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(Just to be clear, I am aware of millions of questions on the internet about consistently bad flow but my question is about a situation where, most of the time, with ESE, it works very well... And ALL of the time, with loose coffee, it works very well)

I've been using the machine with loose coffee for years without problem. While chasing the perfect cup, I started experimenting with different ESE pod brands available.

So far, I've tried 4 different pods. One just sucked (very famous brand), the other three: When they work well, they make an absolutely perfect coffee: Resinous, almost like oil, beautiful aroma and crema, clear but very dark color and an amazing taste - just bitter enough and none of that weird sourness!

However, about 1 out of 3 pods flows really slow and makes no crema. Flavor is sour (you'd think if it flows that slow, it shouldn't be under-developed, right?) and generally not worth it.

1/10 pods, on the other hand, flows way too fast, result is a lot of crema but the stuff under it is basically water...

I reverted to loose coffee - the machine works the same way it did for years.

Is it possible ESE pods have such a high defect rate? You'd think that with the excellent coffee they make when they do work, it must not be a quality issue...

Perhaps the machine is not good (or old) and responds very badly to slight deviations from the ESE specification?

Would appreciate any thought on this matter.

  • Saeco Poemia HD-8423-71 (AKA: Gaggia Viva)

  • We have a water softener. So, very little limescale in our appliances. Anyway, appliance inside looks fine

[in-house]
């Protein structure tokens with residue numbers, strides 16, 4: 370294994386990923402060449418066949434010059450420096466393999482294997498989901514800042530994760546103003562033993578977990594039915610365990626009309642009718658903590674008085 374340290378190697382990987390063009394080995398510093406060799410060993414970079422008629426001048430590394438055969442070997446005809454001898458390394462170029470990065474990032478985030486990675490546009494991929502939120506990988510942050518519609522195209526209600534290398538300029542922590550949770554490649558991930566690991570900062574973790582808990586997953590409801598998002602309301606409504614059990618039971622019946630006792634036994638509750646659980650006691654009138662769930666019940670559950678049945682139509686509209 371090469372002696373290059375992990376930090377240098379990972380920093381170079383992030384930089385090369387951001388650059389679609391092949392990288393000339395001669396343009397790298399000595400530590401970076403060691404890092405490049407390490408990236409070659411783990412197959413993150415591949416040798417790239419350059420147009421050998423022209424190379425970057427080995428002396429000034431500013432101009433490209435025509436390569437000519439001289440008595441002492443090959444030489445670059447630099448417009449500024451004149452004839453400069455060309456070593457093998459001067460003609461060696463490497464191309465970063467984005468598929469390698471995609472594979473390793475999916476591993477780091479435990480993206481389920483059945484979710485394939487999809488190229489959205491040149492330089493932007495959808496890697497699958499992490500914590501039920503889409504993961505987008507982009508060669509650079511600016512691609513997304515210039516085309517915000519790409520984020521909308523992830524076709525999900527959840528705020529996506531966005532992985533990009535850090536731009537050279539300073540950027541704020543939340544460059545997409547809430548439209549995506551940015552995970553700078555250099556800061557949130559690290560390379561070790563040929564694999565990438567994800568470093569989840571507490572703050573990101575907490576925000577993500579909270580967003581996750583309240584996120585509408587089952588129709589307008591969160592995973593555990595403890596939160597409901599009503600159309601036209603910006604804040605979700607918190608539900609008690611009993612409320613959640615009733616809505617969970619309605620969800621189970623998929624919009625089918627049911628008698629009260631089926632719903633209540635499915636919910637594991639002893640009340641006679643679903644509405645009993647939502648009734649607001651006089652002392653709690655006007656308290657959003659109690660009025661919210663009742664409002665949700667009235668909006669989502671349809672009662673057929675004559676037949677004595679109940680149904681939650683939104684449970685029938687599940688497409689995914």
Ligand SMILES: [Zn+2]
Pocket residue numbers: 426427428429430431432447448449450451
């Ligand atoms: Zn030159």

• I also tried loosening the coffee inside the ESE pod - doesn't appear to do much

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  • Welcome to Coffee! Are you using a pressurized basket? Is it a single shot or a double shot basket?
    – JJJ
    Sep 7 at 20:25
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I've been using the machine with loose coffee for years without problem. While chasing the perfect cup, I started experimenting with different ESE pod brands available.

Based on this, I suspect the problem may have to do with your filter basket. There are two types of filter baskets: pressurized and regular.

Regular filter baskets have many tiny holes through which the espresso drops down after the water has passed through the coffee puck. In this filter baskets, the coffee puck should provide enough resistance for pressure to build.

Pressurized filter baskets have a single hole (when looking at the bottom; from the inside it may seem like there's a mesh structure of holes) which builds pressure regardless of the coffee puck. For example, this allows you to brew an espresso with much coarser grinds because the pressure will build because of the basket.

ESE pods don't provide enough resistance on their own. As such, to use it in a portafilter machine you would need to use a pressurized filter basket. Whole Latte Love has a Youtube video showing how to use pods in a Gaggia espresso machine. In addition to using a (single-shot) pressurized filter basket, they recommend adding a 'defuser' between the filter basket and the spout of the portafilter to prevent coffee from spraying out.

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